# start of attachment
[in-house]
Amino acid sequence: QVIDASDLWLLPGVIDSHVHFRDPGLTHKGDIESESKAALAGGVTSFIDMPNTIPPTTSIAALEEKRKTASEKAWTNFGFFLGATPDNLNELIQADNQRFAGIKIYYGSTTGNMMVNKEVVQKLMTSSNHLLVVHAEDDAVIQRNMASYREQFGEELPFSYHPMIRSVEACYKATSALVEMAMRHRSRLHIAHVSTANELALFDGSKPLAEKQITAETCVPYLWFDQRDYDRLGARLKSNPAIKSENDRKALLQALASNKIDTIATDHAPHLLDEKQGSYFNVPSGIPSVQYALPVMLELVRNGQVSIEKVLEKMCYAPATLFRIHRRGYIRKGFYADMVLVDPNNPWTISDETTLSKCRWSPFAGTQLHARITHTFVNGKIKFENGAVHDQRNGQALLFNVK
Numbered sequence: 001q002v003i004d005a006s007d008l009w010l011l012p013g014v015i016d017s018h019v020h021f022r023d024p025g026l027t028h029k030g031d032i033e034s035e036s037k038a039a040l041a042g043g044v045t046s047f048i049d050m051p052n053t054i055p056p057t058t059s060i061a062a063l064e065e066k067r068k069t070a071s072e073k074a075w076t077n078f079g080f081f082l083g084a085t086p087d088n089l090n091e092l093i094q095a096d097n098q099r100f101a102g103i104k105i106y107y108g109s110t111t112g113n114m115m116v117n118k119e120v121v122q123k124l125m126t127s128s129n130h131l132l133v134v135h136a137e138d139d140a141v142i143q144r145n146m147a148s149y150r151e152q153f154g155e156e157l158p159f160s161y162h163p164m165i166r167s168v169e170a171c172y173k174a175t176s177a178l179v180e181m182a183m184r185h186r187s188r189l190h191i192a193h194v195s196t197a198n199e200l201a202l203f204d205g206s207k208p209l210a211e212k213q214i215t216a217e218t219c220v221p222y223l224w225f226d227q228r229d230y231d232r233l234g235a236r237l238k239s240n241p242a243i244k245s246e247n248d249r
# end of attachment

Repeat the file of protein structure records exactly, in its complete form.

[in-house]
Amino acid sequence: QVIDASDLWLLPGVIDSHVHFRDPGLTHKGDIESESKAALAGGVTSFIDMPNTIPPTTSIAALEEKRKTASEKAWTNFGFFLGATPDNLNELIQADNQRFAGIKIYYGSTTGNMMVNKEVVQKLMTSSNHLLVVHAEDDAVIQRNMASYREQFGEELPFSYHPMIRSVEACYKATSALVEMAMRHRSRLHIAHVSTANELALFDGSKPLAEKQITAETCVPYLWFDQRDYDRLGARLKSNPAIKSENDRKALLQALASNKIDTIATDHAPHLLDEKQGSYFNVPSGIPSVQYALPVMLELVRNGQVSIEKVLEKMCYAPATLFRIHRRGYIRKGFYADMVLVDPNNPWTISDETTLSKCRWSPFAGTQLHARITHTFVNGKIKFENGAVHDQRNGQALLFNVK
Numbered sequence: 001q002v003i004d005a006s007d008l009w010l011l012p013g014v015i016d017s018h019v020h021f022r023d024p025g026l027t028h029k030g031d032i033e034s035e036s037k038a039a040l041a042g043g044v045t046s047f048i049d050m051p052n053t054i055p056p057t058t059s060i061a062a063l064e065e066k067r068k069t070a071s072e073k074a075w076t077n078f079g080f081f082l083g084a085t086p087d088n089l090n091e092l093i094q095a096d097n098q099r100f101a102g103i104k105i106y107y108g109s110t111t112g113n114m115m116v117n118k119e120v121v122q123k124l125m126t127s128s129n130h131l132l133v134v135h136a137e138d139d140a141v142i143q144r145n146m147a148s149y150r151e152q153f154g155e156e157l158p159f160s161y162h163p164m165i166r167s168v169e170a171c172y173k174a175t176s177a178l179v180e181m182a183m184r185h186r187s188r189l190h191i192a193h194v195s196t197a198n199e200l201a202l203f204d205g206s207k208p209l210a211e212k213q214i215t216a217e218t219c220v221p222y223l224w225f226d227q228r229d230y231d232r233l234g235a236r237l238k239s240n241p242a243i244k245s246e247n248d249r